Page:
Another day that makes me realize why I want to do this and also why so many people quit after a year or two. There is always the doubt that floats across my mind, can I really do this or are they beyond my power? I think I can, because I have good and bad days with every class, yet I know that there is something outside me that keeps the class as they are. I have control, but I am hardly the sufficient first cause to make them do what I want (which is of course what they need). Some days, some see it; some days others see it.
Hour 1 tried to get through Chapter 6 of Animal Farm. Karen read the first paragraph aloud, but Samantha was too busy doing her hair and adjusting the ring in her nose (ironic that we should be reading Orwell at a time when noserings are so popular, 20 years from now plastic surgery to fix extraneous bodily orifices is going to be immensely popular) to read and none of the boys could be bothered. Both Samantha and Robert were extremely rude, directly and obstinately, and I probably should have sent them out of the room. Their smug self-righteousness and their air of "they can do whatever they want" is beginning to get on my nerves. They are haughty without reason, vain without cause, smug without skills to support the smugness. Is it possible that they are just good kids waiting for release? Hard to imagine, despite what Joe Clark says.
Hour 2 was very small, only 7 kids there. I had a group of 4 sitting close to me and we had to wait through an interminable string of announcements (almost 9 minutes worth, WAAAAAYYYYYY too long!) and by then we had started talking about those who make it in life and those who don't. They were talking, and thinking, about responsibility, both theirs and the world s, and they it was nice to see some of the usual fools (Korrell and Stacy especially) doing some good analytic thinking. They did not blame, they thought. They explained how easy and gratifying the move away from the broken-up, junked-up ghetto full of no vision and no life (this was their own thinking, they recognized the futility of what they are seeing around them). So we never got to Orwell, but we did get something of value accomplished. It was neat to see, and then the 3 away from us paid no attention, refused to participate, and disclaimed any concept of responsibility to anything larger than themselves. Over 50%, but...
Hour 3 was even sleepier than usual. We tried to get another 2 paragraphs composed, but could not do it. They just cannot get the ideas to flow into a sequence. We should have a Flaubertian quality to our prose as a result of the time lavished on it, but it doesn't quite measure up to that standard. But they did work, and since Tyrone wasn't there today (and he usually adds a lot to the class) it went about as well as it could. Or so I think. But it isn't enough. I need more from them, and they clearly need more from me.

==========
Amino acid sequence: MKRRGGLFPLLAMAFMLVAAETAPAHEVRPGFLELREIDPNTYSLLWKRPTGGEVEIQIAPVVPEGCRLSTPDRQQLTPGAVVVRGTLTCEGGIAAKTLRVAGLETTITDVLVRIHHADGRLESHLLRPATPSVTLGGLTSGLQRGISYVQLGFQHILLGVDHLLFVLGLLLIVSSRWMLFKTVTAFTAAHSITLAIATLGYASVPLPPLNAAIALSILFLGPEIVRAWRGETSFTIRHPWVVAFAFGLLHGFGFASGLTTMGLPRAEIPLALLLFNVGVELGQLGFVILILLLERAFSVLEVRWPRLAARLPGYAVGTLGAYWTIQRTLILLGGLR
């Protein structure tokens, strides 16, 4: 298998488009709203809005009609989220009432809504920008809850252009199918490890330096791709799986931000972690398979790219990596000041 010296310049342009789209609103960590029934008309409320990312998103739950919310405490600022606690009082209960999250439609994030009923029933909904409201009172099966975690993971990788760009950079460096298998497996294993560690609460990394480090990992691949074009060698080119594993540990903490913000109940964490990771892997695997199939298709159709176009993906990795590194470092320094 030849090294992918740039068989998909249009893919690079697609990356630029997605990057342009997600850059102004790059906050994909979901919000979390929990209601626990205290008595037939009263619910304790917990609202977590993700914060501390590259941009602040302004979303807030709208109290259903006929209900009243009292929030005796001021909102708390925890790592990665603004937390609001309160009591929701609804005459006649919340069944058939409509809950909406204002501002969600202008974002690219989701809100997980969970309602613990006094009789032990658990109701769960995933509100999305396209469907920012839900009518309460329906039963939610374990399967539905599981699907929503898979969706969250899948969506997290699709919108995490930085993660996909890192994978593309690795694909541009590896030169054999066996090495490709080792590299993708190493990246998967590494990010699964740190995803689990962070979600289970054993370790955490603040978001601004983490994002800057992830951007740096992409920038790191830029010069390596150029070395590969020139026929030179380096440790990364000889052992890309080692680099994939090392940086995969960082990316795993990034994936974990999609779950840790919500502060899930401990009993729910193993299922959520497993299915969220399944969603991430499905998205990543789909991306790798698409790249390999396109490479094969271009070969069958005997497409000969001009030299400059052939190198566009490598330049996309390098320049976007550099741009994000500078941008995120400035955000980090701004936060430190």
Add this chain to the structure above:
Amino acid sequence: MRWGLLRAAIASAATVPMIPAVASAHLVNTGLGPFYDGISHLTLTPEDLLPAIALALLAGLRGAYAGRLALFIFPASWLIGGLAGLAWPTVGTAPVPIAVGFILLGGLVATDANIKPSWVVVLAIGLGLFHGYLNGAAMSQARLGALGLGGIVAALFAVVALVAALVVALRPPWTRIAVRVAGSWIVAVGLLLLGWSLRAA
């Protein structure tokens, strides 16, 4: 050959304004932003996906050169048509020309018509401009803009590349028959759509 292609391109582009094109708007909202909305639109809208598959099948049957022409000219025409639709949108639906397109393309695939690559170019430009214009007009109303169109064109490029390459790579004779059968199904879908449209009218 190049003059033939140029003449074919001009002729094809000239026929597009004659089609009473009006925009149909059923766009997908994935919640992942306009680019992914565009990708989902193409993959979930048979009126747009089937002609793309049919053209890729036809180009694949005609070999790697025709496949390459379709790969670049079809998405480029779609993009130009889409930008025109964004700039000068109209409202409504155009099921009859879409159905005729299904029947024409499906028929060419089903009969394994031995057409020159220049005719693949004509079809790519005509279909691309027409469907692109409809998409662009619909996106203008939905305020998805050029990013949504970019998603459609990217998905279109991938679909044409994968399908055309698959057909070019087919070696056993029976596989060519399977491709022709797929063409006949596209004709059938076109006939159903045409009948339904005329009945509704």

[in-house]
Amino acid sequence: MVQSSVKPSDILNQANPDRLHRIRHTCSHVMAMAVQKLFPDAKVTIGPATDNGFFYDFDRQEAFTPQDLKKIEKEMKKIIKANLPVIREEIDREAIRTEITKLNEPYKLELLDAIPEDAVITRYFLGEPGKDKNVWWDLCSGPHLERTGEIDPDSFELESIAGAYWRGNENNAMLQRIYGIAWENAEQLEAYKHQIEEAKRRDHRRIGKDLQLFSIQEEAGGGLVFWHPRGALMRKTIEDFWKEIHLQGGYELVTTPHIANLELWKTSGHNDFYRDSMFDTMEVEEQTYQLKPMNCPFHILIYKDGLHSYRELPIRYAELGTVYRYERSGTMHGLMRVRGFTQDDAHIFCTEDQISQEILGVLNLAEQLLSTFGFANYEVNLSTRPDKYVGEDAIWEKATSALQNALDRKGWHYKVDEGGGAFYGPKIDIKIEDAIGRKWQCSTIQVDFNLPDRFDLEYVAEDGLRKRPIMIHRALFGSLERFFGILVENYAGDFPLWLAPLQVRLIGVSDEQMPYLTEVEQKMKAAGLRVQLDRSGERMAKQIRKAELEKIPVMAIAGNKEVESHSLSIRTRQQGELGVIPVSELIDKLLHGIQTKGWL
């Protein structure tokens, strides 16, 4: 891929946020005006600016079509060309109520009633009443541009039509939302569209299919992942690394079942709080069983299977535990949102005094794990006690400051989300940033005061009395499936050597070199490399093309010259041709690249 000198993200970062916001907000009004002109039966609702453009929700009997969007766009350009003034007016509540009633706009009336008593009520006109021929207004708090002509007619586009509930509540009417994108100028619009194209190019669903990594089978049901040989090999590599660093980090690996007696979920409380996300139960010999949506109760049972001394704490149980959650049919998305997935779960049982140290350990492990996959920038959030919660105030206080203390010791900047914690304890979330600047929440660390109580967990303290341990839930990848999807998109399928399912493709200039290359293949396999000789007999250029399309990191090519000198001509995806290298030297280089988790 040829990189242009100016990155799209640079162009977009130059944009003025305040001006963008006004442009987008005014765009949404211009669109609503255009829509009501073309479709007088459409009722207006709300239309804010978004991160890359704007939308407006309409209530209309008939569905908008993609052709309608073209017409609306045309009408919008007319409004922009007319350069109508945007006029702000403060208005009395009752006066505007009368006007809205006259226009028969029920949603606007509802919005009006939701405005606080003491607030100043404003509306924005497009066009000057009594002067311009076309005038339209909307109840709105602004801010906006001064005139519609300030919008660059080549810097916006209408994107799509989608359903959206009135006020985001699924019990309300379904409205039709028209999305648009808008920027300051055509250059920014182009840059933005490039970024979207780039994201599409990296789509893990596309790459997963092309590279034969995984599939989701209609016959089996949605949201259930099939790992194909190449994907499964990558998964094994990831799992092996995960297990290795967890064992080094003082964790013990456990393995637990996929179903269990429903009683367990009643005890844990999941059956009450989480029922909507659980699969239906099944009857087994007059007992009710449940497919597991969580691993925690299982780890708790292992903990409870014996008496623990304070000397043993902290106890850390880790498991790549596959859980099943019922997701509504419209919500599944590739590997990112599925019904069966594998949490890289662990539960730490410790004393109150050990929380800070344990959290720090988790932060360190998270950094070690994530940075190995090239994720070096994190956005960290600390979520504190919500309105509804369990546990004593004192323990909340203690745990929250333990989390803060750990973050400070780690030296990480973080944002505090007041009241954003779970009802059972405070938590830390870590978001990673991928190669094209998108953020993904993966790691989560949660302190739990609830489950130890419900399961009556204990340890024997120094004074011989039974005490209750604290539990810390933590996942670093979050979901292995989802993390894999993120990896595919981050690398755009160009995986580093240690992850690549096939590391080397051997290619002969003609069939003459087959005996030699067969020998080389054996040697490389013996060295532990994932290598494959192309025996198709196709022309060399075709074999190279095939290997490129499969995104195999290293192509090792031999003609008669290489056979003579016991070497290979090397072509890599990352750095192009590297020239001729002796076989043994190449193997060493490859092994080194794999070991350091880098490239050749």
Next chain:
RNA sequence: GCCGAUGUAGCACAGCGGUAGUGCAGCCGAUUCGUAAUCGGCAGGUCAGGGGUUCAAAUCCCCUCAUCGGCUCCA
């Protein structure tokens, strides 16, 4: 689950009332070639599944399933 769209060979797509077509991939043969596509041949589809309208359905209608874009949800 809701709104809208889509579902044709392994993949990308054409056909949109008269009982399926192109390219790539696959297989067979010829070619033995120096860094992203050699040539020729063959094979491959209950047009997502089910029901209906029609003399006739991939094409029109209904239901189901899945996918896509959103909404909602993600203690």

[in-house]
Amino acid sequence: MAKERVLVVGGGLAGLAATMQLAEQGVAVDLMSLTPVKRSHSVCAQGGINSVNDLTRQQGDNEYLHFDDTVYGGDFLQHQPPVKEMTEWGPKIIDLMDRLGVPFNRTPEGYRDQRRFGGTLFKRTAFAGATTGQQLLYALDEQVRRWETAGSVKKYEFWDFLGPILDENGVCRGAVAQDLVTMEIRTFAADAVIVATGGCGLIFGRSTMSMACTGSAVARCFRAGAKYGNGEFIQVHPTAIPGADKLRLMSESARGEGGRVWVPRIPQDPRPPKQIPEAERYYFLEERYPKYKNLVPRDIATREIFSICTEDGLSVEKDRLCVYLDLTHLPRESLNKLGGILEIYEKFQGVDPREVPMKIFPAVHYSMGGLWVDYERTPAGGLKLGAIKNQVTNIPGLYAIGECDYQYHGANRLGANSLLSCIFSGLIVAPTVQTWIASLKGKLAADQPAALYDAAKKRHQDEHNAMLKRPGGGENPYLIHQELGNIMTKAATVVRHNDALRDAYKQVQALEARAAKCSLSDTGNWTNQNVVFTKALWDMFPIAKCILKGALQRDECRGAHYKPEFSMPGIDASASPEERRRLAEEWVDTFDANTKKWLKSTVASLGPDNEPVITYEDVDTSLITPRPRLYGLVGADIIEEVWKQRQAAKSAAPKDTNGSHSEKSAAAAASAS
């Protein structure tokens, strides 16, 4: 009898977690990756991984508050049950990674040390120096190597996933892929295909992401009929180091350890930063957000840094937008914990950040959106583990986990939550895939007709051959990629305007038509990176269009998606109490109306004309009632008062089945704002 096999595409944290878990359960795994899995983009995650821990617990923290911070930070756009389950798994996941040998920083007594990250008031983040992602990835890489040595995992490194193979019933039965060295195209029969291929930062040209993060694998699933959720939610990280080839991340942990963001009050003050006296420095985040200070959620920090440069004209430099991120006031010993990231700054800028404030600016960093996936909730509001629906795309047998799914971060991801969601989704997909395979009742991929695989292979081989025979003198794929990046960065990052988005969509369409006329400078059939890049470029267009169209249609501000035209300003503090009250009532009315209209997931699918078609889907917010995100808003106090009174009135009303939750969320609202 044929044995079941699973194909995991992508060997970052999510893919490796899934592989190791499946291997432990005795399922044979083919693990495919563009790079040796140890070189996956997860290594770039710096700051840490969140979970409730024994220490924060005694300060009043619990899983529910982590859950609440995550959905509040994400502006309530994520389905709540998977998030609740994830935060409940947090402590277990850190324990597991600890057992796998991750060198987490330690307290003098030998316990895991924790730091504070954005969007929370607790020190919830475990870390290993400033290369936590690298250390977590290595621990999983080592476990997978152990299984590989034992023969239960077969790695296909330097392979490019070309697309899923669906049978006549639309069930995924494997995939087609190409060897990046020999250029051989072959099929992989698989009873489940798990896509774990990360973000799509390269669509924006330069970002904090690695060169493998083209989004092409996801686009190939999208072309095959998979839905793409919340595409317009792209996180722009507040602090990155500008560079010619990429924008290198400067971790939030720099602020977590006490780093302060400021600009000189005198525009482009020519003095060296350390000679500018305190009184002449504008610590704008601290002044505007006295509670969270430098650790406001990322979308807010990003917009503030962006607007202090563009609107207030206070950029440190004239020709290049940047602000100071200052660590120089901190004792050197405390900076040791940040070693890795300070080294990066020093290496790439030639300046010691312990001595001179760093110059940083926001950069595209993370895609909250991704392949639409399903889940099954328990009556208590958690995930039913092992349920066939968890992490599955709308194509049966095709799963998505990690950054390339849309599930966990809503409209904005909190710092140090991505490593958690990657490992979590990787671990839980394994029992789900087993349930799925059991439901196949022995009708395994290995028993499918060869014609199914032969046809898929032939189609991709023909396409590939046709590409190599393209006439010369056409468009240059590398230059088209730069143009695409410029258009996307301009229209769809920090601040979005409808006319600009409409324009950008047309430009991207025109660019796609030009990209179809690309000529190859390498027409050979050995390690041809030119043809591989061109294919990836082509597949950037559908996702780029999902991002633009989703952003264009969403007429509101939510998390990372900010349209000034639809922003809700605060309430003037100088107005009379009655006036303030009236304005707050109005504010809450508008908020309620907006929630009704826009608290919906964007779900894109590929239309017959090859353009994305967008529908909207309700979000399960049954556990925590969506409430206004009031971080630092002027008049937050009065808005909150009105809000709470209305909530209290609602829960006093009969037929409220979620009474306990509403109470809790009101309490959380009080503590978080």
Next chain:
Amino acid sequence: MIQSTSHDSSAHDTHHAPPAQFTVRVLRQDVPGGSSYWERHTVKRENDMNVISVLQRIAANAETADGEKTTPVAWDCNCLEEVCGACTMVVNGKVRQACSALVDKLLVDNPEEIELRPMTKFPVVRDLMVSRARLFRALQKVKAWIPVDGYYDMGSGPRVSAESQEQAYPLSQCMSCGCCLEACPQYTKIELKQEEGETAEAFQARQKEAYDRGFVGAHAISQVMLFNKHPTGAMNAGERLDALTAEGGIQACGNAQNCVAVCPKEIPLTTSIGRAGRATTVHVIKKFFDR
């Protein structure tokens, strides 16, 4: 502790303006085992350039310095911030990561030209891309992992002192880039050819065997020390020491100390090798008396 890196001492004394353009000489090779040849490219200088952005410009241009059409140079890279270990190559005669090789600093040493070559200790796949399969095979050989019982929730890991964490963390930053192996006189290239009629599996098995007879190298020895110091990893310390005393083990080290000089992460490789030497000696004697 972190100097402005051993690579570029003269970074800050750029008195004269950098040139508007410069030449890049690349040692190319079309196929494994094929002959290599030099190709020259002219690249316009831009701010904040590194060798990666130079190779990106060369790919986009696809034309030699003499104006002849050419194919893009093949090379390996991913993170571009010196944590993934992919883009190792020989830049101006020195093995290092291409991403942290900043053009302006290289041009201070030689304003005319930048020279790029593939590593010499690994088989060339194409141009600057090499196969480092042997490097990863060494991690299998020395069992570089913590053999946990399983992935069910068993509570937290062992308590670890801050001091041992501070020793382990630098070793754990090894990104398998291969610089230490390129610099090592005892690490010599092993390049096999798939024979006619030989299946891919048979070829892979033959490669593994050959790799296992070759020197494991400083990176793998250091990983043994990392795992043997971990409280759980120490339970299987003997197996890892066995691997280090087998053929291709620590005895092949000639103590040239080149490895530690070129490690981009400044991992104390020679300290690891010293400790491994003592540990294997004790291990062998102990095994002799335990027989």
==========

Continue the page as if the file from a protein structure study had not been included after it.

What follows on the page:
Hour 5 today had probably the best class we've had. We worked on the worksheet for Chapter 5 & 6 (concerned with the "whys" of the chapters) and we did it orally. Of course, they are driven by getting the right answer and filling in the blank correctly, but they actually began to see the novel as a series of connected characters and events. It was pleasant (and since Rodman promptly went to sleep there was no interference; Nigeria and Danika, of course, are not available) and there was some actual thinking going on. The thoughts were not on a brilliant level, but they did work toward the goals and attempt to discover some of the "whys" behind the events. I think I work better as a facilitator, and today, for almost the first time, there was something to facilitate. They looked for answers that were not immediately apparent, and they performed some quality looking.
Somehow, it seems that Hours 5 & 6 can never be good on the same day. Today proved that. I had wanted to introduce some ideas about the difference between speech and writing, and they began hyperactively and deteriorated from there. I did grades today, and if they get the grades I gave there are going to be some very surprised students. If I had them for the rest of the year, I could have some leverage. But I don't. They know I'm leaving, they know I am not their "real" teacher, and they know that I am not giving them their grades for the fourth quarter. They behaved for me as if I were an inept substitute (which I am, at this point). By the way, Mr. Blank was absent again! They talked and touched, fondled and fooled for the whole hour. I was glad to be done, for there was no way I could seem to bring them under control. They were directly disobedient (Stephanie doesn't realize the power she has by being the implementer of her cooperating teacher's discipline, it makes no difference who is there, they are graded by the same standards in the same way) and after a while of attempting to corral them towards my objective, I gave up. Not a good admission, but one I am forced to make, there is no way I can be perfect and today, 6th Hour, there was no way I could be even remotely fair. I was terrible, and so were they. So much for speech, we need to do something different and I'm not sure what. Somehow, when I sit down tomorrow to describe the day's chronicle of exaltation and despair, I will have done something with these kids. I hope it works, whatever it is.